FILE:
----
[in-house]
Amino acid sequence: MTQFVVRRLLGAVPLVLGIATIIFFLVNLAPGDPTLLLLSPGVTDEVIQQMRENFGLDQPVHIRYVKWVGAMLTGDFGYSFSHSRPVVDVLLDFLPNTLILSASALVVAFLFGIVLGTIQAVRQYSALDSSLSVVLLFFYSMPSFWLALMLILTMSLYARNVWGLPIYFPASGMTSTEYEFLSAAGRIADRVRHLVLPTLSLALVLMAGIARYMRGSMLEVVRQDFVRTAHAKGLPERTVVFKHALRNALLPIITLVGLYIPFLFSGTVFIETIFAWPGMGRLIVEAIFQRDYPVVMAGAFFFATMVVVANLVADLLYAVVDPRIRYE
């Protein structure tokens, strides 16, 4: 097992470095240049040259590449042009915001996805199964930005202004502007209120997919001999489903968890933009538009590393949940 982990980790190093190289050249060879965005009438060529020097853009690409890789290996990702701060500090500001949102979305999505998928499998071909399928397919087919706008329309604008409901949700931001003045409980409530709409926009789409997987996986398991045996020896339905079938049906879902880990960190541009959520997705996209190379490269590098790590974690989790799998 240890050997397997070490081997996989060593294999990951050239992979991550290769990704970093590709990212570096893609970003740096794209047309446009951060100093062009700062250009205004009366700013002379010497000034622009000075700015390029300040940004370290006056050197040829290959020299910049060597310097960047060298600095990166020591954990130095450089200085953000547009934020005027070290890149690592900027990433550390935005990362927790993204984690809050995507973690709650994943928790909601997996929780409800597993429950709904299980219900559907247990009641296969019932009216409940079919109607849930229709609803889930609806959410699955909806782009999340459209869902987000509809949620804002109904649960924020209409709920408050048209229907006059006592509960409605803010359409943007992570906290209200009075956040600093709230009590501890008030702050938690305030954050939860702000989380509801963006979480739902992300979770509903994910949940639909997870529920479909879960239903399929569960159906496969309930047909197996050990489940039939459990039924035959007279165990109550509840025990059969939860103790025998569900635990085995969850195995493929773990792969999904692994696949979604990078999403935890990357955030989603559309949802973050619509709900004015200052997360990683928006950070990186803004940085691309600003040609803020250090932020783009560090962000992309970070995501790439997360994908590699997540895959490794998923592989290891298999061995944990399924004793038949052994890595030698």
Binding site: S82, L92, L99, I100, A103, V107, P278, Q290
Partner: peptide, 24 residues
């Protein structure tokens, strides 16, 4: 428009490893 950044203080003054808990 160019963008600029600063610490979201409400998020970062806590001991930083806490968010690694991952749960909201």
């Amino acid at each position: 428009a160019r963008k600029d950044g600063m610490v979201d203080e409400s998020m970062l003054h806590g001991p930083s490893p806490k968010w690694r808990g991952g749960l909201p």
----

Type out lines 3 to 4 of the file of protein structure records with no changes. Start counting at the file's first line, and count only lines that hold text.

């Protein structure tokens, strides 16, 4: 097992470095240049040259590449042009915001996805199964930005202004502007209120997919001999489903968890933009538009590393949940 982990980790190093190289050249060879965005009438060529020097853009690409890789290996990702701060500090500001949102979305999505998928499998071909399928397919087919706008329309604008409901949700931001003045409980409530709409926009789409997987996986398991045996020896339905079938049906879902880990960190541009959520997705996209190379490269590098790590974690989790799998 240890050997397997070490081997996989060593294999990951050239992979991550290769990704970093590709990212570096893609970003740096794209047309446009951060100093062009700062250009205004009366700013002379010497000034622009000075700015390029300040940004370290006056050197040829290959020299910049060597310097960047060298600095990166020591954990130095450089200085953000547009934020005027070290890149690592900027990433550390935005990362927790993204984690809050995507973690709650994943928790909601997996929780409800597993429950709904299980219900559907247990009641296969019932009216409940079919109607849930229709609803889930609806959410699955909806782009999340459209869902987000509809949620804002109904649960924020209409709920408050048209229907006059006592509960409605803010359409943007992570906290209200009075956040600093709230009590501890008030702050938690305030954050939860702000989380509801963006979480739902992300979770509903994910949940639909997870529920479909879960239903399929569960159906496969309930047909197996050990489940039939459990039924035959007279165990109550509840025990059969939860103790025998569900635990085995969850195995493929773990792969999904692994696949979604990078999403935890990357955030989603559309949802973050619509709900004015200052997360990683928006950070990186803004940085691309600003040609803020250090932020783009560090962000992309970070995501790439997360994908590699997540895959490794998923592989290891298999061995944990399924004793038949052994890595030698």
Binding site: S82, L92, L99, I100, A103, V107, P278, Q290